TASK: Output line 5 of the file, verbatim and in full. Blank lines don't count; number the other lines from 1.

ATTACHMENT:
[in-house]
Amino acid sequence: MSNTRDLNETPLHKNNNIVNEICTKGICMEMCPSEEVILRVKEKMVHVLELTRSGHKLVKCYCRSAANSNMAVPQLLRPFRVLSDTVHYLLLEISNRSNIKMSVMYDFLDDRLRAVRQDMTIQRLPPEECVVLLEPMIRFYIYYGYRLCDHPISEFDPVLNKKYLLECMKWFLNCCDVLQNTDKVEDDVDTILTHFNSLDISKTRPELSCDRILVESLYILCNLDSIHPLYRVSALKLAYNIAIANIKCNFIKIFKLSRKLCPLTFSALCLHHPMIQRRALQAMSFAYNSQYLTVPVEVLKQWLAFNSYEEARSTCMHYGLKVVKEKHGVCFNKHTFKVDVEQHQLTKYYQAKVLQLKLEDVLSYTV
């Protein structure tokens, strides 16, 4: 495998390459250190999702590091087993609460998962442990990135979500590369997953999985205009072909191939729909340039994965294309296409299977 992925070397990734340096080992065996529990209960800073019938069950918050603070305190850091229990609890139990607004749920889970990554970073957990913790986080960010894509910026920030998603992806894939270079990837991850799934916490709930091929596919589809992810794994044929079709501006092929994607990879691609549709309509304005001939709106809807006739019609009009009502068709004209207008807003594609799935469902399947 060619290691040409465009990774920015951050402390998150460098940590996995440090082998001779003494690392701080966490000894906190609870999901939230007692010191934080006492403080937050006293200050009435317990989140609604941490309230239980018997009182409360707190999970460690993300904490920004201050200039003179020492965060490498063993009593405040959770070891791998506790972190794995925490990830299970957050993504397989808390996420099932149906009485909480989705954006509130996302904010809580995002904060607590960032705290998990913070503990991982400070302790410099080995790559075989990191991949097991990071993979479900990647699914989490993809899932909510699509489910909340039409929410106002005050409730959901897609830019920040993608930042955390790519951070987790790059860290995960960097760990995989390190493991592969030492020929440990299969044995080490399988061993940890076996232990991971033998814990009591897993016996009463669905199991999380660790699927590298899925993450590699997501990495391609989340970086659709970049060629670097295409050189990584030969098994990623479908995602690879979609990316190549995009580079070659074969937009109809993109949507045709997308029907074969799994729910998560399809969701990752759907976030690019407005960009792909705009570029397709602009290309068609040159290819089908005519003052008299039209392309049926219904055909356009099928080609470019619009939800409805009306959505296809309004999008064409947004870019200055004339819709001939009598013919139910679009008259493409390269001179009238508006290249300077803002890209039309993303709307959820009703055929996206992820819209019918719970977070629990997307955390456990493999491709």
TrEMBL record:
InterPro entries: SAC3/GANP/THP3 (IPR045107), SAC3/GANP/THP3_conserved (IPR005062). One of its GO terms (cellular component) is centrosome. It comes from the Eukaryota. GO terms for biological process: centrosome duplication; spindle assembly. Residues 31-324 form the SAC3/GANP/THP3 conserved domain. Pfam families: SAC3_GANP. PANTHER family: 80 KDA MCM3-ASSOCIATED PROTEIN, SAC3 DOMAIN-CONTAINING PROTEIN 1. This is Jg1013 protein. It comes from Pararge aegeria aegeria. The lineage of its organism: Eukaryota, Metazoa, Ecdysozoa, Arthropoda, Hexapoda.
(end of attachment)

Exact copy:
InterPro entries: SAC3/GANP/THP3 (IPR045107), SAC3/GANP/THP3_conserved (IPR005062). One of its GO terms (cellular component) is centrosome. It comes from the Eukaryota. GO terms for biological process: centrosome duplication; spindle assembly. Residues 31-324 form the SAC3/GANP/THP3 conserved domain. Pfam families: SAC3_GANP. PANTHER family: 80 KDA MCM3-ASSOCIATED PROTEIN, SAC3 DOMAIN-CONTAINING PROTEIN 1. This is Jg1013 protein. It comes from Pararge aegeria aegeria. The lineage of its organism: Eukaryota, Metazoa, Ecdysozoa, Arthropoda, Hexapoda.